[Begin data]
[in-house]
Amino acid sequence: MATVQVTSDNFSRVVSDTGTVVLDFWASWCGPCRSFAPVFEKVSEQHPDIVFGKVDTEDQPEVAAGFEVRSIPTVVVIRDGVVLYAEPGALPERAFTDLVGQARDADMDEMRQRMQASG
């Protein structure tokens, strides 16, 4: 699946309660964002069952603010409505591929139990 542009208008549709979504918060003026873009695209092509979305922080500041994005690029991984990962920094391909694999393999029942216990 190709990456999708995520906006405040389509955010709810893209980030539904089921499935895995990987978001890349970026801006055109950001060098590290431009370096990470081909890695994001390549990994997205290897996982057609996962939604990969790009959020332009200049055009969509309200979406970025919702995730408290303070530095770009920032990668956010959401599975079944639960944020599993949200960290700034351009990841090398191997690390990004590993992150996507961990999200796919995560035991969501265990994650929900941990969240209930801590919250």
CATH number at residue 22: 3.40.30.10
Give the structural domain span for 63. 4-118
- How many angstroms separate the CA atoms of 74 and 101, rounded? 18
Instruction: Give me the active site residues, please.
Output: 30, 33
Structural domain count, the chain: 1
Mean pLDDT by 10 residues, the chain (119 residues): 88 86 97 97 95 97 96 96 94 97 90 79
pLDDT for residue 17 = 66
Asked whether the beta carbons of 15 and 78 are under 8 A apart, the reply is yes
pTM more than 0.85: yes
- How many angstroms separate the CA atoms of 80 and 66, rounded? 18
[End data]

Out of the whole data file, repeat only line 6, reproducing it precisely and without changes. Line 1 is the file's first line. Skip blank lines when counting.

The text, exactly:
- How many angstroms separate the CA atoms of 74 and 101, rounded? 18